17. P.W.10 is the sub-Inspector of police who deposed about the receiving of Ex.P-1 from P.W.1 and registering the case in Crime No.42 of 1994 recording the statements of Rajini and proceeding to the scene of offence and conducting scene of offence-panchanama and sending the burnt woman to Gandhi Hospital. He deposed about Ex.P-4 scene of offence-panchanama and also seizure of M.Os 1 to 4 and recording of the statements. He also deposed about the alteration of section of law. Ex.P-7 is the alteration memo. Ex.P-8 is the post mortem certificate. He deposed that on receipt of the information of the death, he requested M.R.O to conduct inquest over the dead body of the deceased. Ex.P-9 is the statement of the victim recorded by him.
18. P.W.11 is the Inspector of Police. P.W.12 is the Magistrate, who deposed that he received a requisition from the Sub Inspector of police, Naredmet Police Station, to record the statement of Padma, Gandhi Hospital, Secunderabad. Ex.P10 is the requisition and accordingly he visited the Gandhi Hospital at 2.15 p.m. and recorded the statement of victim-Padma, who was found in female burns ward. Ex.P11 is the Dying Declaration recorded by him. P.W.12 also deposed that he had taken all the precautions as required under the law and Doctor was present at the time of recording the statement.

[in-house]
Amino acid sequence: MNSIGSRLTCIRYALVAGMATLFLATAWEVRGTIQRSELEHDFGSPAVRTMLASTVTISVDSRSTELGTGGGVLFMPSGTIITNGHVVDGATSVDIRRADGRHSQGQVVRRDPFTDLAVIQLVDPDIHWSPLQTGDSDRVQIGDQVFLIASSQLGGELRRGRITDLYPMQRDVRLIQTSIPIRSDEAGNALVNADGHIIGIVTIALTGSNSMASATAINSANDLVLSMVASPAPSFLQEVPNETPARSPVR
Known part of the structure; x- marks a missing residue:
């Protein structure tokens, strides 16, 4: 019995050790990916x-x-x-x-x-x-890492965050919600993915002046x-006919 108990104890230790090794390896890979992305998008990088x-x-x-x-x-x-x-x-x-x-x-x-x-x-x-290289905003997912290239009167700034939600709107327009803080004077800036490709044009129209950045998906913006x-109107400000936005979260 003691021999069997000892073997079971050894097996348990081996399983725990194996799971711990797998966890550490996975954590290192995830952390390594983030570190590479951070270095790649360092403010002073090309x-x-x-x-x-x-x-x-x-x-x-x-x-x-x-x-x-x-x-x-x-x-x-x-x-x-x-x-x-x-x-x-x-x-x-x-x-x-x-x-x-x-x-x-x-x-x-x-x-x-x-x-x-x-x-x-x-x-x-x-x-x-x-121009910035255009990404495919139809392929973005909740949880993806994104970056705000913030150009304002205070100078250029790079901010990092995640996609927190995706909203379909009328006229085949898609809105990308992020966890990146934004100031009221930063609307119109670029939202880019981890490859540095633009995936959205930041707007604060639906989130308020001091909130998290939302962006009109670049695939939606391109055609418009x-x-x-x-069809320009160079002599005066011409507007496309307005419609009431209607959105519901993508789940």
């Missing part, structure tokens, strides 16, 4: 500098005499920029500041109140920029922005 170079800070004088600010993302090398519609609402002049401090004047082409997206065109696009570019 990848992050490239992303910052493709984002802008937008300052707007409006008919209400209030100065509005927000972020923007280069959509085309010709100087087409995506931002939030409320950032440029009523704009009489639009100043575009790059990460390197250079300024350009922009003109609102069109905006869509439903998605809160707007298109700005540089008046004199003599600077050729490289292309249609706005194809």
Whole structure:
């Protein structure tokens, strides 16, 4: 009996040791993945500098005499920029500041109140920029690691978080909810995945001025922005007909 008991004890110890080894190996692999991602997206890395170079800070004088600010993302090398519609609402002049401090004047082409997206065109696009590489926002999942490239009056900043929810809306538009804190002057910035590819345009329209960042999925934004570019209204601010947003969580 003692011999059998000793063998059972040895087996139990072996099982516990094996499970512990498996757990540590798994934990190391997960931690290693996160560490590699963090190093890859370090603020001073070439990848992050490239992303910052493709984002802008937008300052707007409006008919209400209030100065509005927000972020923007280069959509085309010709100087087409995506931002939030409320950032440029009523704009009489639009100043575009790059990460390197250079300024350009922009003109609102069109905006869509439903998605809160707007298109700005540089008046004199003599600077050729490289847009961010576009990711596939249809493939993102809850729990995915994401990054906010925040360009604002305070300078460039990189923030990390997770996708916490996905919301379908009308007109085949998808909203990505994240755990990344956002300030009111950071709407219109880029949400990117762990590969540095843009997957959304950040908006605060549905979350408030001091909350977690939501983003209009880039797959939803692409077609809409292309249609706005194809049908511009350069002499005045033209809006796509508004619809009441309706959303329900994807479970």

19. As already referred to supra, the earliest oral dying declaration was given by P.W.1, who had specifically stated that the deceased told that the incident happened when she was making an attempt to light the stove. Except that, nothing more had been stated. Ex.P-9 was recorded by P.W.10 and Ex.P-11 was recorded by P.W.12. In Ex.P11 for the question "How did you receive these injuries", the deceased stated as follows:
"today morning at 7.00 A.M. I came to the house of my elder brother at Neredmet. At about 9.00 A.M. I poured Kerosene from the stove and set fire because my husband harassed me daily stating that I am not having any children. Due to said unbearable harassment and as he is saying daily that he will contact another marriage, I came to the house of my elder brother, poured kerosene and set fire, I extinguished flames with water, thereafter my sister-in-law admitted in the Hospital."